Vacationing on Kauai, the westernmost of the Hawaiian islands, the only question most tourists ask is which beach to go to today – but visitors and locals alike were startled by Thursday’s news from Washington: a North Korean missile is now aimed at Hawaii, and Hawaii’s missile defenses are being fortified.
Does that mean it’s time to cancel the luau and get on the first plane home?
A Japanese newspaper reported that North Korea may – repeat may – fire "its most advanced ballistic missile toward Hawaii around July 4." Secretary of Defense Robert Gates then announced moving ground-based "interceptor" rockets to Hawaii, and activating the SBX – Sea-Based X-Band Radar, a $900 million, 280 foot high seagoing dome that looks like the world’s biggest floating golf ball. It rides on a self-propelled oil platform, and is based at Pearl Harbor.
According to the Honolulu Advertiser, the SBX "was spotted heading out to sea on Wednesday."
The plan is that the SBX will find the incoming North Korean missile, and then the THAAD — Terminal High Altitude Area Defense — will shoot it down. Hawaii will remain safe.
The whole scenario is unlikely, to put it mildly. Start with the North Korean missile: when it was tested in 2006, the rocket fell into the Pacific a few seconds after launch. In a second test in April, the missile made it past liftoff, but hit the Pacific after 2,000 miles, less than half the distance to Hawaii.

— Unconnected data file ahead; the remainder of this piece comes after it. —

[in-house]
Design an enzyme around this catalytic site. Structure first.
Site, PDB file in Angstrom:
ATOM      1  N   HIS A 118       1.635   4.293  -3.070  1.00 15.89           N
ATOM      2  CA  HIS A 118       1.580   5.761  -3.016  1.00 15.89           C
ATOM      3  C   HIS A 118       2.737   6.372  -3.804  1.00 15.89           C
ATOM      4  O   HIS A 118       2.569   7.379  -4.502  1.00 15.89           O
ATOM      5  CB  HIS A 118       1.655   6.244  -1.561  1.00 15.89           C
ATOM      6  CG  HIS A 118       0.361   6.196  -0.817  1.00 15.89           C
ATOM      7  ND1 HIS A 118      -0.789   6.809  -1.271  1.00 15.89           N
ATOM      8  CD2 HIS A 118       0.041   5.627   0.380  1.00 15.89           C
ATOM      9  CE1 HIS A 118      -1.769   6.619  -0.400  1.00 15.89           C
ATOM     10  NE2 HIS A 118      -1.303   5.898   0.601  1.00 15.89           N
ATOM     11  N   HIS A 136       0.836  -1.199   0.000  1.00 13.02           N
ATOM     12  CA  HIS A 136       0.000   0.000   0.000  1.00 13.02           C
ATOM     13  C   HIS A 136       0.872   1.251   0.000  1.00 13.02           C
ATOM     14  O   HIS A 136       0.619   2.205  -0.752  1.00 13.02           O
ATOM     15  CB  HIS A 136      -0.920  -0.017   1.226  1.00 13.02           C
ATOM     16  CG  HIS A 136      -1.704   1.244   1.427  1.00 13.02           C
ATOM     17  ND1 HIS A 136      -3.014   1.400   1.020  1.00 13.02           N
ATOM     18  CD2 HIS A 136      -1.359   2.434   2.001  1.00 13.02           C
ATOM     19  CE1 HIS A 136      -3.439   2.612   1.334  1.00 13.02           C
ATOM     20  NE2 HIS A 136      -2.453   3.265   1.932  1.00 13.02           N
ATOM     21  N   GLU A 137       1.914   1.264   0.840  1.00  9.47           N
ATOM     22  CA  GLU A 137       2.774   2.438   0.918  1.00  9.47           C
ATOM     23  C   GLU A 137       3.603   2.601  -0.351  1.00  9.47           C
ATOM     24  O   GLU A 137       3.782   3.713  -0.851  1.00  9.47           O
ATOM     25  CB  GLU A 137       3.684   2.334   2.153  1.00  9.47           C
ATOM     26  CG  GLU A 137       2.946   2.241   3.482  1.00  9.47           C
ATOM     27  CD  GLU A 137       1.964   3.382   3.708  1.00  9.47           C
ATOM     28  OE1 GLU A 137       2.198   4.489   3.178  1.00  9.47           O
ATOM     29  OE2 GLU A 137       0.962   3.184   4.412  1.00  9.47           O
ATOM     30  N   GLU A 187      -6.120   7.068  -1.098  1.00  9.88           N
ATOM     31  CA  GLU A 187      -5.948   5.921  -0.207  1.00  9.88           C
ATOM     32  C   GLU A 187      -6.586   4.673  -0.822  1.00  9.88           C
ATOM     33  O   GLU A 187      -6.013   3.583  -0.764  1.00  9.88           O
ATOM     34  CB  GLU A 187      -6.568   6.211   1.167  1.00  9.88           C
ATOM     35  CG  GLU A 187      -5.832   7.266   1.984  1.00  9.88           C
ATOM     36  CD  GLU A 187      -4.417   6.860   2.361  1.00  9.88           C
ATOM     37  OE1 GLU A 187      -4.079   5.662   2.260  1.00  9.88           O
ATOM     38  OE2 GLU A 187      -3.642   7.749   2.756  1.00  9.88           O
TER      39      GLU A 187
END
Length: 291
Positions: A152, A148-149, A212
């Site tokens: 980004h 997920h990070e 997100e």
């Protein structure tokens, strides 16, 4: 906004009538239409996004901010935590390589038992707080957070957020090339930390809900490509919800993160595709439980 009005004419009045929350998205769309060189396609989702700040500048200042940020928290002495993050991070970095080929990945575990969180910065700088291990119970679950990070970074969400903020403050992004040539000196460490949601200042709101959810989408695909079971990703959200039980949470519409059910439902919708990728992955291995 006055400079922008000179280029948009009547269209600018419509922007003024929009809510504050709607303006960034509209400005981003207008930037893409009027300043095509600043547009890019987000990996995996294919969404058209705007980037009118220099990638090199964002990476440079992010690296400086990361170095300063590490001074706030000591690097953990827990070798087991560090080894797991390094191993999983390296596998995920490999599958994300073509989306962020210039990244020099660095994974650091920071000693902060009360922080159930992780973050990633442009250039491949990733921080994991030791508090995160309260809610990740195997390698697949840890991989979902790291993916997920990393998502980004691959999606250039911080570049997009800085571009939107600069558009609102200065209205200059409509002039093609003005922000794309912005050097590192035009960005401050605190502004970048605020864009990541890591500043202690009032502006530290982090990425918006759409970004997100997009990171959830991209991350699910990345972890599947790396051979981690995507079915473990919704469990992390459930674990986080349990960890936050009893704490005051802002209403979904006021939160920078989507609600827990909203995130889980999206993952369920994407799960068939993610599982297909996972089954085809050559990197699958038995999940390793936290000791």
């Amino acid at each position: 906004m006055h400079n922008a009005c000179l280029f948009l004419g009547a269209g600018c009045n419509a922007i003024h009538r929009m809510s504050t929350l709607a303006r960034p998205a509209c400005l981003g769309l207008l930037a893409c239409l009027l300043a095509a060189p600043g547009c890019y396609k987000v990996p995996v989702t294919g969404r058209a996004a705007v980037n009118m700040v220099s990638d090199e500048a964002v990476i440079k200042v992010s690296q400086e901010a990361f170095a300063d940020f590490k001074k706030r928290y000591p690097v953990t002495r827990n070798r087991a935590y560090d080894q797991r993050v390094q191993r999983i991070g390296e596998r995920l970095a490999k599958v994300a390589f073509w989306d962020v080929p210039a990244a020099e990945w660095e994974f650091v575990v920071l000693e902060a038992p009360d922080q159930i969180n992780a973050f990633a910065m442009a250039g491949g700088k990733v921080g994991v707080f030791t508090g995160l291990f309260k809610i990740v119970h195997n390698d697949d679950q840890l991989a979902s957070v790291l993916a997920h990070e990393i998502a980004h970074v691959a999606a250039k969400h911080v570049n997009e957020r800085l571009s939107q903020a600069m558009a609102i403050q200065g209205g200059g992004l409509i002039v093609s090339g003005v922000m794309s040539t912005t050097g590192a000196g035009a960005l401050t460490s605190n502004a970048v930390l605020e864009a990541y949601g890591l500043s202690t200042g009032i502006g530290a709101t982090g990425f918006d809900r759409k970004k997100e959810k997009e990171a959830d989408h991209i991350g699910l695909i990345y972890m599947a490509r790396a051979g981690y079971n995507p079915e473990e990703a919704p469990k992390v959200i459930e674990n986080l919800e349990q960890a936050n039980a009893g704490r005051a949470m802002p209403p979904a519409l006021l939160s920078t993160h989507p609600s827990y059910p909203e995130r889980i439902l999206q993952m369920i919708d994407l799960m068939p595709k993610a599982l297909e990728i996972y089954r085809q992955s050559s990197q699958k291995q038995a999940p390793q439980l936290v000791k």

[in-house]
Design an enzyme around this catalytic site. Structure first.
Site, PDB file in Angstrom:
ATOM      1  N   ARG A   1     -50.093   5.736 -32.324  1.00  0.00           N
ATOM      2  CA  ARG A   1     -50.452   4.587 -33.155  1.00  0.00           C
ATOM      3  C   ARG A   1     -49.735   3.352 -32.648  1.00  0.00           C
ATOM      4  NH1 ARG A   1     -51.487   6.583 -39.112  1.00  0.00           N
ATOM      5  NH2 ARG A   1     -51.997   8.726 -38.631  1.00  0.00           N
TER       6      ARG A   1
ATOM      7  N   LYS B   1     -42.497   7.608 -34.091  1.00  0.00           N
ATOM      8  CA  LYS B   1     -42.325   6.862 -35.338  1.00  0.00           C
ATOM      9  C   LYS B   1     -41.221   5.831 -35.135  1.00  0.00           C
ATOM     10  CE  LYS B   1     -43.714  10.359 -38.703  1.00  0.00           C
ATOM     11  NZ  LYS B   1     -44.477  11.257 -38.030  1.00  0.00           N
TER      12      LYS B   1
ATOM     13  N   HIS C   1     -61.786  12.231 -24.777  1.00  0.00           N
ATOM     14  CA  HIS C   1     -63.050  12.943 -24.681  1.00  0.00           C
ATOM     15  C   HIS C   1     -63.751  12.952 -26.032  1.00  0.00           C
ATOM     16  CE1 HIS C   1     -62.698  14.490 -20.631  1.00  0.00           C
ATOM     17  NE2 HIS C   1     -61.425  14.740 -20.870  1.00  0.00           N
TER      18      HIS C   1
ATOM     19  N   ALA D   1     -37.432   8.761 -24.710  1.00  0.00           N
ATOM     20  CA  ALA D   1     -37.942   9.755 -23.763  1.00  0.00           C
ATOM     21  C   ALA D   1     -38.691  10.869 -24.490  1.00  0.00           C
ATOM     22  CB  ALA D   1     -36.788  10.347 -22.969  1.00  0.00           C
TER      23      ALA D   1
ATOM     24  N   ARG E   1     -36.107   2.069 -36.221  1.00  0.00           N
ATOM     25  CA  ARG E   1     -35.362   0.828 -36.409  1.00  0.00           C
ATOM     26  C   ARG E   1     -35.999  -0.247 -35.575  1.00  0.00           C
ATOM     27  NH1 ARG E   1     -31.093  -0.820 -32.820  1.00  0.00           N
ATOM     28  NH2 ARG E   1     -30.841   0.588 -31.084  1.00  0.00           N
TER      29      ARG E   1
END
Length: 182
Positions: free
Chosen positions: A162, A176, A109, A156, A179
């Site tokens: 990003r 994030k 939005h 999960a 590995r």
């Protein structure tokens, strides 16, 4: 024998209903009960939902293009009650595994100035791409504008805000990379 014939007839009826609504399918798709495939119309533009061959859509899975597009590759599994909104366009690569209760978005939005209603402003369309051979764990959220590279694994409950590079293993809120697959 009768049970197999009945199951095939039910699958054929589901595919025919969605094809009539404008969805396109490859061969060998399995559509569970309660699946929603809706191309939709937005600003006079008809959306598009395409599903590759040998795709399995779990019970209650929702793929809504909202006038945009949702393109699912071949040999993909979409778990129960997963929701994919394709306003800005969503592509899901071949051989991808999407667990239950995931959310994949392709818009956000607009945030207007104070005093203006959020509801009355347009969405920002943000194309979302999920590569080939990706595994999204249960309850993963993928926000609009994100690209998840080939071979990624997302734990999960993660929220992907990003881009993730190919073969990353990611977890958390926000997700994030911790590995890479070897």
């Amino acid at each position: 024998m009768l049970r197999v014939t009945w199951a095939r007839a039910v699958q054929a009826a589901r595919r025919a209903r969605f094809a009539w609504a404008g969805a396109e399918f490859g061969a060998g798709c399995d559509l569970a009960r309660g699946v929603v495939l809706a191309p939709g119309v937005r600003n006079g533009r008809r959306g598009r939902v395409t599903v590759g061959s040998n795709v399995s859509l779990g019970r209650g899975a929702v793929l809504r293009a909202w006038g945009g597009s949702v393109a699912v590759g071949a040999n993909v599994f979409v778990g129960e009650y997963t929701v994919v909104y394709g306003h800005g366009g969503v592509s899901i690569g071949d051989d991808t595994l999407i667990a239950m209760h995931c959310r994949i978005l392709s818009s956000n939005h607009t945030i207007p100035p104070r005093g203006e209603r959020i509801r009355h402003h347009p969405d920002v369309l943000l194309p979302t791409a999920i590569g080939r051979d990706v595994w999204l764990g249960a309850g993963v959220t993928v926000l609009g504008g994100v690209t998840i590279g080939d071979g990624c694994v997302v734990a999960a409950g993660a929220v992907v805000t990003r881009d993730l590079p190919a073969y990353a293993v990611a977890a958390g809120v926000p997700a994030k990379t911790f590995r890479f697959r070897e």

So the snorkelers at Poipu are probably okay, at least for now.
More important, the notion that North Korea would attack the US is absurd, even in the eyes of old-line hawks. "It would justify massive retaliation and bring an end to the regime," Philip Coyle of the Center for Defense Information told the Advertiser. "North Korea has done a lot of crazy things, but they are not suicidal."
Even Heritage Foundation expert Bruce Klingner said it was misleading to report that North Korean missiles would be launched toward Hawaii. He suggested the North Korean target area should be described as "open water toward the east."
Finally, if the US did attempt to shoot down a North Korean missile, it could easily fail. That would be what diplomats call "an embarrassment." The THAAD was designed to shoot down Scud-type missiles, and according to the L.A. Times has never been tested on long range rockets.
Nevertheless champagne corks are probably popping at the offices of the contractors for the THAAD. For the biggest smiles, look to prime contractor Lockheed Martin, and then subcontractors Raytheon, Boeing, Aerojet, Rocketdyne, and Honeywell. The system is expected to cost tens of billions before it is declared obsolete.